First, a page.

What book do you pull off the shelf when you want to bake something truly special?
A simple pan of brownies so chocolatey they defy logic? A carrot cake for your beloved’s birthday (it’s her favorite)? Cookies loaded with goodies that will absolutely demolish the office cookie contest? A simple, no-frills, achingly-classic apple pie?
My guess is you’ll soon be able to answer these questions with a single word: BraveTart.
What Stella Parks has managed to accomplish in the 350 pages of her new cookbook is pretty remarkable. As well it should be: she says it took her five years to develop and write, and much of that time was spent finessing recipes, developing variations, clarifying technique, and looking for potential missteps and addressing them.
The result is a book that appears basic at first glance, but reveals its depth as you dig into it. Parks is perhaps most famous for her baking column at Serious Eats, and her readers will be glad to know her taste for classic Americana is in full effect in BraveTart. But this book goes way beyond the homemade Oreos on the cover (which are delicious, by the way). Because Parks is not only teaching her readers the American baking canon, she is interpreting it, evolving it. On my first read, I merely skimmed her short histories of foods like chocolate chip cookies, fudge, and, yes, Oreos. I figured I could do without such window dressing; get me to the recipes! But these histories aren’t just padding. Parks is setting up her recipes with historical context. These essays establish why her snickerdoodles are made with a combination of coconut oil and butter, why it’s important that her Oreos turn “inky black” in the oven.
The history of classic baked goods is the foundation of the BraveTart philosophy. Using pudding as an example, she explains: “There’s real magic in a box of instant Jell-O, one that can’t be matched with egg yolks and butter, and you’ve got to respect your roots more than your training to admit it.” Here, “training” refers to Parks’ degreee from the Culinary Instittute of America, and her pedigree shows in the exactitude of her recipes.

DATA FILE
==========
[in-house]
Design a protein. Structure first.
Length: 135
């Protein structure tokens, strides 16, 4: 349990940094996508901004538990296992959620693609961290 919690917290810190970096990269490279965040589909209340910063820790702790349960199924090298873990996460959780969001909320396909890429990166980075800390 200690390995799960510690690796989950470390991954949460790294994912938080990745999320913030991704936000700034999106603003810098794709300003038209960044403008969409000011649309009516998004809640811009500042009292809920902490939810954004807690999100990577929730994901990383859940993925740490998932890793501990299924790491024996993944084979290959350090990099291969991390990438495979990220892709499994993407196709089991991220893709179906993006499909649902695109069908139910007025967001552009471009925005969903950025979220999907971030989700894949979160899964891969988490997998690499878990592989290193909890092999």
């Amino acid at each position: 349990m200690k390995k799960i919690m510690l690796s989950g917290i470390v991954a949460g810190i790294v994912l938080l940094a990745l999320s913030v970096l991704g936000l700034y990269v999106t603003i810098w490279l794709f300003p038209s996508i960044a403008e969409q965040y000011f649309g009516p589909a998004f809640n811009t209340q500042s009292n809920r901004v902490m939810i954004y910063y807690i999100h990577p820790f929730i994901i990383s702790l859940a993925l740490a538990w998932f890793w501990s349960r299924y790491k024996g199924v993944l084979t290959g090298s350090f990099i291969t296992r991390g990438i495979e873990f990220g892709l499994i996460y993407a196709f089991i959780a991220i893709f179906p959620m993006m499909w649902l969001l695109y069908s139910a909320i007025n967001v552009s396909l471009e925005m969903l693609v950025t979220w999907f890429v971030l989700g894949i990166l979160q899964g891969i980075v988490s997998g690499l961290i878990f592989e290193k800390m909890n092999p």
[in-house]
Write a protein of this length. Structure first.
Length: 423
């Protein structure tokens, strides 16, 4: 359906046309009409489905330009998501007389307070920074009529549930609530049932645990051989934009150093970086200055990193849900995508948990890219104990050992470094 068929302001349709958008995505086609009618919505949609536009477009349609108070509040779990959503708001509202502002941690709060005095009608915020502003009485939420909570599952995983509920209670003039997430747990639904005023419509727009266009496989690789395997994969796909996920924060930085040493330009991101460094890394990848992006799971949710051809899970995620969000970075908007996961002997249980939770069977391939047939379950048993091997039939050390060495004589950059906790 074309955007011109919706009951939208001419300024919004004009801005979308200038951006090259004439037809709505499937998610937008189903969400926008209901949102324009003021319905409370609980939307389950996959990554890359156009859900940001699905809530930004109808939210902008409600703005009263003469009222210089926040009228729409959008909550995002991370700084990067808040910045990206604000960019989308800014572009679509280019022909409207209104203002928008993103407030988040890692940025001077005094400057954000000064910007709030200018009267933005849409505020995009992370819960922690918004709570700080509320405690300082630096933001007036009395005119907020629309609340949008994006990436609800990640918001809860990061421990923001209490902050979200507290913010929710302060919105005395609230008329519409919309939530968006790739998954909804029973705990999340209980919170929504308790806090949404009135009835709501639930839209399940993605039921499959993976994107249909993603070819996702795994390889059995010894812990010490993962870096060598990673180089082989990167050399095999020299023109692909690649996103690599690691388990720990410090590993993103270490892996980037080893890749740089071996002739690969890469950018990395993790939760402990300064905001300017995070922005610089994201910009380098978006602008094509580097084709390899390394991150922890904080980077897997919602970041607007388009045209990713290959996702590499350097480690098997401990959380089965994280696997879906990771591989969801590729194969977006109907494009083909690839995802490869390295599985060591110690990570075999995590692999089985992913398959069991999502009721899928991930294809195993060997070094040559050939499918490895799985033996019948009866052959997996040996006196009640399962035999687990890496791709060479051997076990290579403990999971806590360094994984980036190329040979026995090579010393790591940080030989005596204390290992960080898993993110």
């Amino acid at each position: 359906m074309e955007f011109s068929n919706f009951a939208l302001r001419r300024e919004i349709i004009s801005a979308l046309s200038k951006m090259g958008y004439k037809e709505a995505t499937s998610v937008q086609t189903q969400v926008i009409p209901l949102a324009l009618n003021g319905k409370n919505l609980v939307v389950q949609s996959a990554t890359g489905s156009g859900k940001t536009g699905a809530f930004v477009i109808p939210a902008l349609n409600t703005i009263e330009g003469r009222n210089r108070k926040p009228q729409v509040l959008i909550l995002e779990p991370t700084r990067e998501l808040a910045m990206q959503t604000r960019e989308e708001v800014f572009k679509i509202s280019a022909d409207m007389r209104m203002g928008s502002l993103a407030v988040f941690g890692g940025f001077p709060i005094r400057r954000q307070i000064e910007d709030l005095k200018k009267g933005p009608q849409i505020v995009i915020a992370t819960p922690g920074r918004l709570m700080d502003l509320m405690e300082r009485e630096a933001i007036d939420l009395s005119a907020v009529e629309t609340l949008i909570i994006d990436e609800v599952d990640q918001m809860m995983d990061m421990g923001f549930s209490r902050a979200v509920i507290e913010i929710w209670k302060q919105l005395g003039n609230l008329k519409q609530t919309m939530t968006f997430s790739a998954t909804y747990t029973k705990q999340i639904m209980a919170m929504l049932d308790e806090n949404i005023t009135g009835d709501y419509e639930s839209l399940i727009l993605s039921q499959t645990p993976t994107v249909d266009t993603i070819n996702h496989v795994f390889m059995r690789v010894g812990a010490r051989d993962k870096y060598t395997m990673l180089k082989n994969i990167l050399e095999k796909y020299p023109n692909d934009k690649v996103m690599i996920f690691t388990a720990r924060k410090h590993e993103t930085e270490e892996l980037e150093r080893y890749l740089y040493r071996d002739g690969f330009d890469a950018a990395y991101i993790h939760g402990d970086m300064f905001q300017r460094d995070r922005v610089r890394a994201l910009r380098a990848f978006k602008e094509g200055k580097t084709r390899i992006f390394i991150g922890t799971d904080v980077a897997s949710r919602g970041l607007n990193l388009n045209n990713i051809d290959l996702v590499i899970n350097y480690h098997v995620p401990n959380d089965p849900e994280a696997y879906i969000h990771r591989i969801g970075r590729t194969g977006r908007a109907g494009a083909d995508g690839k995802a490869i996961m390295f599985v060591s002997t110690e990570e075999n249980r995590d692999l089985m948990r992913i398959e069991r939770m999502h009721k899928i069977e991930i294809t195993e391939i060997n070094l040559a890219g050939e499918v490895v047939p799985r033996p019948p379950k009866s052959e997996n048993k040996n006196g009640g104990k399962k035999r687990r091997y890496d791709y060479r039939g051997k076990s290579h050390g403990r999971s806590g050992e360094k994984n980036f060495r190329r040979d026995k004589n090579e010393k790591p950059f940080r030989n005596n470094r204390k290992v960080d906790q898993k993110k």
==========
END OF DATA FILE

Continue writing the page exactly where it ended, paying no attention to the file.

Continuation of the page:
She is deliberate in her choice of ingredients, often down to the brand—Gold Medal bleached AP flour, please—and recommends weighing ingredients for the most accurate results. “A scale,” she writes, “lets you see the matrix.” But this level of precision doesn’t stop her from replicating storebought flavors, up to and including homemade Wonderbread. As she puts it, “This isn’t a cookbook about making anything fancy, it’s about making everything from scratch.”
I dug into five recipes from BraveTart. I made her cream cheese buttercream, a custard-based conconction that I slathered over an OG Betty Crocker banana cake for a pal’s baby shower. It was, as promised, a silky smooth number, much of which could be made ahead. German chocolate triple-oatmeal cookies (a variation on Parks’ classic oatmeal cookies) utilize oatmeal flour, steel cut, and good old fashioned rolled oats for maximum oaty texture, while chopped dark chocolate and shredded coconut take them over the top. The lemon meringue pie is a creamy dream that shies away from the over-sweetness that plagues many of its kind, but the real star of this dish was Parks’ “no-stress” pie crust recipe. (Why have I been so worried about pie crust all this time, again?) Finally, her one-bowl, make ahead cinnamon rolls are a luxe, no-stress treat—that helped me win the affections of a certain toddler I was trying to impress.
BraveTart, then, is rooted in history and boasts accurate, delicious recipes. But…so what? Pastry chefs are notorious for their attention to detail, and my shelves are full of baking books with recipes that work. In fact, I’d wager that, on average, baking books have more accurate recipes than savory cookbooks, so what makes this one stand out? Why is BraveTart my new go-to? Because joy leaps off every page of it. Those super precise baking books that are already on my shelf? Stuffy and dull, so entrenched in their perfectionism that they forget this is sugar we’re talking about. And sugar is a delight. Parks knows it: she insists on precision with her recipes, but she never forgets that sugary treats make people happy. Her giddiness is palpable, and I found each recipe I tested tumbled into the next, making me want to try every one of its variations, bake more and more and more.
BraveTart made me excited to bake, and then backed up that excitement with researched recipes that work. I’m not sure there’s higher praise you can give a cookbook.